Our neighbour took to feeding the fuzzy chicks with bread. This wasn’t a good idea and they soon took to looking for handouts rather than searching for the healthier insect option.
Later, we swam out to the darker water where the depth increased to about 30 feet and disappeared into the blue. There were a good amount of fish to see here and a resident turtle. We were feeling more positive now and were rewarded with views of the fascinating marine life.
I was volunteered to sort out our dwindling bathroom supplies and that led to an inconclusive conversation with a guy at reception that is quite typical here.
What I have realised is that the locals have enough English to deal with common issues, but if you deviate from that they don’t understand what you are saying but won’t say so, which leads to a weird blank situation where you are left looking at each other and nothing happens.
They also have to Dutch, German, Italian and Chinese visitors, which is a lot to deal with if you are not given any help with language tuition. I imagine they just try to pick up the languages as they go along and I suppose we expect them to know something because we have paid to be there.
Fortunately, we have been able to sort our problems out the hard way after each baffling exchange with a designated expert who is of no use.
The Nights Get Longer
The sleepless part of the night was getting longer. At best I can sleep 8 hours, but in Makunudu, I’m in bed by 8 and up again at midnight.
Towards the end of the holiday, I started watching Netflix on my phone via their wobbly but free WiFi. That worked surprisingly well with very few pauses even though the bandwidth was limited and coverage was as variable as you might expect on a small island in the middle of an ocean.
By now I have tons of bumps from mozzies and the heat. I don’t use enough Deet, obviously. I have insect bites all over my legs that I can’t stop scratching once I’ve started, and it seems worse at night.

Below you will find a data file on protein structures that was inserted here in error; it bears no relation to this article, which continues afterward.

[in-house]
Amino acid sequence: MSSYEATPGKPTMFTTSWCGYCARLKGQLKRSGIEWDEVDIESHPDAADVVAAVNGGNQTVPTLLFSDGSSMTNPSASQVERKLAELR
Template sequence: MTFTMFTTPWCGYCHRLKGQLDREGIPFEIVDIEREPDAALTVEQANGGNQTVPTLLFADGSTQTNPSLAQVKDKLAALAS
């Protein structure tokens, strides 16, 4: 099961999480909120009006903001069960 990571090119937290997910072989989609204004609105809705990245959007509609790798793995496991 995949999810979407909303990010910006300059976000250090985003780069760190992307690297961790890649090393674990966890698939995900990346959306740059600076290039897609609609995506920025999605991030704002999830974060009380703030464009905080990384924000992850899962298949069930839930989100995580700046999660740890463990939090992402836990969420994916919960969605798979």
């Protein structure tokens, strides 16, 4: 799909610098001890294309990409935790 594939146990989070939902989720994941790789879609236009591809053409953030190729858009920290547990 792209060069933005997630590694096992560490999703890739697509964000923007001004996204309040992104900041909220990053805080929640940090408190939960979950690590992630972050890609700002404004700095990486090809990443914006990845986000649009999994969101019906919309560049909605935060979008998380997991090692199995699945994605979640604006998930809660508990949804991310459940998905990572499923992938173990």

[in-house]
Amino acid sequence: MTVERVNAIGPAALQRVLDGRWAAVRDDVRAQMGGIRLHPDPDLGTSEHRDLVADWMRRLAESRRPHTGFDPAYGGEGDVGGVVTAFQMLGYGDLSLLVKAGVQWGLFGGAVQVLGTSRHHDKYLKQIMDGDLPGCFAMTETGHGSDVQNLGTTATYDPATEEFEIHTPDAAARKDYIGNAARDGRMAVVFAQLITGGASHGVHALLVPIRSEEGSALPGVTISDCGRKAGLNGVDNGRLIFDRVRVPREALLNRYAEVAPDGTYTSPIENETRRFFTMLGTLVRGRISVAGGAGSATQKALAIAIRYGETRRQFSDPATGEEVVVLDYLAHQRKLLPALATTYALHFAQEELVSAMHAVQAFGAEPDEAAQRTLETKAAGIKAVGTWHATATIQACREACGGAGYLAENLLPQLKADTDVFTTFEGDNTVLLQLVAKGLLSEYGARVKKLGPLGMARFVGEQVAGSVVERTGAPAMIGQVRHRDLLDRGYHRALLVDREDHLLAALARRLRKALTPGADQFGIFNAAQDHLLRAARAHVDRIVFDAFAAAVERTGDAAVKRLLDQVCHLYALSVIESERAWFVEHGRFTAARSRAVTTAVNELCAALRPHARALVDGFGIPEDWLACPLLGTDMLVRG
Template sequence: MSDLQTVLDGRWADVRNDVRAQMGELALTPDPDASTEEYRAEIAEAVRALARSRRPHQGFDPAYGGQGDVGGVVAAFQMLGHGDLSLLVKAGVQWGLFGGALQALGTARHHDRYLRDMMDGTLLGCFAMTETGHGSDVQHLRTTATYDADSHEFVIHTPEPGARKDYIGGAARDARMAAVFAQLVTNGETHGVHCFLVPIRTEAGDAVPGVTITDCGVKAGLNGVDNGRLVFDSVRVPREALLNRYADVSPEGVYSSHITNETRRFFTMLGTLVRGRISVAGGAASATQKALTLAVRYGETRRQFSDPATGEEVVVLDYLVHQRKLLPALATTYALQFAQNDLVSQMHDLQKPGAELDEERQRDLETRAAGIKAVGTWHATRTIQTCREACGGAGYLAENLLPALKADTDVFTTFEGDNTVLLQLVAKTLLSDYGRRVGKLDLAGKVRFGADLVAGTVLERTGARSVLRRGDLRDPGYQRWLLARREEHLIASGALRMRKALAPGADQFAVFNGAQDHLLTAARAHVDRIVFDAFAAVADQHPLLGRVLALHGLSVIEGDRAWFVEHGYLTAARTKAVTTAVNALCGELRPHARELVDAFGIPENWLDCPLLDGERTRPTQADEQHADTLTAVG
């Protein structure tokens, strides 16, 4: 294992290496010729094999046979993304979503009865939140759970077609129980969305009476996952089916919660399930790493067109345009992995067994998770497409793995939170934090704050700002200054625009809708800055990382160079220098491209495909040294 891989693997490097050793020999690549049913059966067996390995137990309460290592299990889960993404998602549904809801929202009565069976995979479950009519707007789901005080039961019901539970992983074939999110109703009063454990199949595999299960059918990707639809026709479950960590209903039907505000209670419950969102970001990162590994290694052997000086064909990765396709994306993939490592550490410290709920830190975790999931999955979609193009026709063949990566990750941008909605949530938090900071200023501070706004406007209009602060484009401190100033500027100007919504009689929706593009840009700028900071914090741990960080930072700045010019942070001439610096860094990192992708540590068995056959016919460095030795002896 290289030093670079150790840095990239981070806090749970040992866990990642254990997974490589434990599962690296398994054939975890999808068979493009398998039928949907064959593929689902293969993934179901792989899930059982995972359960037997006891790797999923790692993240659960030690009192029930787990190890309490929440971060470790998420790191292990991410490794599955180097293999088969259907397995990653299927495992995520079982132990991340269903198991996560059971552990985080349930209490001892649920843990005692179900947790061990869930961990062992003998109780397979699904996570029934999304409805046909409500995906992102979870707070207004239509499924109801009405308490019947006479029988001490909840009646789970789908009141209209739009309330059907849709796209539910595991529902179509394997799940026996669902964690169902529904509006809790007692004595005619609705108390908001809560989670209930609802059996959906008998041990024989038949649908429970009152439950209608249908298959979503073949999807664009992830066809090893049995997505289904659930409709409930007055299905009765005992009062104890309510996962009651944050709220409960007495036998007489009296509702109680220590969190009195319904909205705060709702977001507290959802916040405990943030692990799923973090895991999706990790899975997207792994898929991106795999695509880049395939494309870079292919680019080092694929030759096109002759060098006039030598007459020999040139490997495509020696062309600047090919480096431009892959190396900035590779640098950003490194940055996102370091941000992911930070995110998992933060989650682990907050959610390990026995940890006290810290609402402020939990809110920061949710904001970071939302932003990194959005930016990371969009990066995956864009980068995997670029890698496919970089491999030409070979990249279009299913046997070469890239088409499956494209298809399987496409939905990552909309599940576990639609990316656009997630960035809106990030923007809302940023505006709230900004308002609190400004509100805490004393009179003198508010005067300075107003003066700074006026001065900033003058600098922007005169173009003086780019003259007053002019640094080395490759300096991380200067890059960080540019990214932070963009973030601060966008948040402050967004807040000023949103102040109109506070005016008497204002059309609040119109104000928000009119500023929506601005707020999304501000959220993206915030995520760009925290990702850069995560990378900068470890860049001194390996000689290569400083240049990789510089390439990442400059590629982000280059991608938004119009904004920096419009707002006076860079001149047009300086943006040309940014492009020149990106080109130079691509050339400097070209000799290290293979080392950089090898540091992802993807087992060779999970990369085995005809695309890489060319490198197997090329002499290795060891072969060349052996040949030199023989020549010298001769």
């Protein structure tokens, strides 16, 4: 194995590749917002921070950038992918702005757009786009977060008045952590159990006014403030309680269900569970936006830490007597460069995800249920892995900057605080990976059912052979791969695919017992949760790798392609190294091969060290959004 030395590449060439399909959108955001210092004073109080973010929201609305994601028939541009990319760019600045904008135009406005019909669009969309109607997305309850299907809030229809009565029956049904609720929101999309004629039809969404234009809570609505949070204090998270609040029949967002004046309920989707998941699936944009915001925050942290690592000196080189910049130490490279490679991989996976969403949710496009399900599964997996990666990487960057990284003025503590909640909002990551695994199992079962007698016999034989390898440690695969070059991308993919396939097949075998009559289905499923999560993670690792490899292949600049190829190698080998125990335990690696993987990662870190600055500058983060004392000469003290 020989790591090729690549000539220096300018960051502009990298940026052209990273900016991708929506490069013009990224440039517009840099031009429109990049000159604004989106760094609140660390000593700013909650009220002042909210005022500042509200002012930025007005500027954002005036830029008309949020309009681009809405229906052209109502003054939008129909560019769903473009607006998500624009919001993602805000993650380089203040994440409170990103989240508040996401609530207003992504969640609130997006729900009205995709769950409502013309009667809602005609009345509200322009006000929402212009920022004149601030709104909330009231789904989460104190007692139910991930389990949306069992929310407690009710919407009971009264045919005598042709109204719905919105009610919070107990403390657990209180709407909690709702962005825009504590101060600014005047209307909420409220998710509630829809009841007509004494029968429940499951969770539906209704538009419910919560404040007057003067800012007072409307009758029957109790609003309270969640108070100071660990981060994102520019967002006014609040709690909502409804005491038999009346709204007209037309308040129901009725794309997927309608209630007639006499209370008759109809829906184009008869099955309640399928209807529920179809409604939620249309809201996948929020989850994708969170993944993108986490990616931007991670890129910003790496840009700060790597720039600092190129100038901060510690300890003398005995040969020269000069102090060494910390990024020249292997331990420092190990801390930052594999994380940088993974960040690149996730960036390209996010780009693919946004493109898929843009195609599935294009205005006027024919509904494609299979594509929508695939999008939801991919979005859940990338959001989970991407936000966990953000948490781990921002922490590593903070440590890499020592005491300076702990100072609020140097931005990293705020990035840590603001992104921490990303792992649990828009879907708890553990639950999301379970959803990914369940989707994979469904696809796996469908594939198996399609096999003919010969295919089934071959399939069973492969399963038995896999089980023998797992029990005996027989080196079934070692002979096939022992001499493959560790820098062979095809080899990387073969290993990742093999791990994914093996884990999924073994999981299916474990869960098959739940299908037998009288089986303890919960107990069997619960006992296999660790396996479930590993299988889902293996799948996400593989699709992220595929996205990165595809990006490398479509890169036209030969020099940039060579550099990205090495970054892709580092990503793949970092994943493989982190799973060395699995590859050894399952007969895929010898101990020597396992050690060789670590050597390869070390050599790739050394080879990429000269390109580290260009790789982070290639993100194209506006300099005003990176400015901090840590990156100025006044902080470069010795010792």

I took to using our Reef Safe sunscreen to sooth and protect my legs at night, it deters bites, soothes the ones I have and is far safer for the reef too. I should have bought an extra one to be sure. It’s expensive but significantly less harmful to the reef than all the others. What you choose to bring counts as it can accumulate over time.
A Double Shark Scare
I was out on the reef at 5 pm videoing with a go-pro camera and worked my way around the deep rocks to a shallow sandy section where I happened upon something I couldn’t make out.
It was dawning on me that it wasn’t just an odd-looking rock, it was the tail end of a massive shark and it was bigger than me – much bigger. I was so close to it there was no hope of getting away if wanted to have a go at me so I figured I might as well film it. It took me a few seconds to turn the camera on so I could only get the part where it was swimming away.
Luckily nurse sharks are fairly docile so I probably wasn’t in any danger, but I didn’t know that at the time and it did make my heart hit
Having been shaken up a bit I made my way back thinking that was enough for one day when I found my way blocked by a blacktip reef shark that was just as big as the first one! Omg! It swam in an arc in front of me which blocked my path to the shore temporarily. It may not look like it in the video but this was a big shark that moved really fast.
Again, these are supposed to be fairly docile animals but they are known to have made misjudged attacks on people in Florida. I was hoping this one knew it was in the Maldives.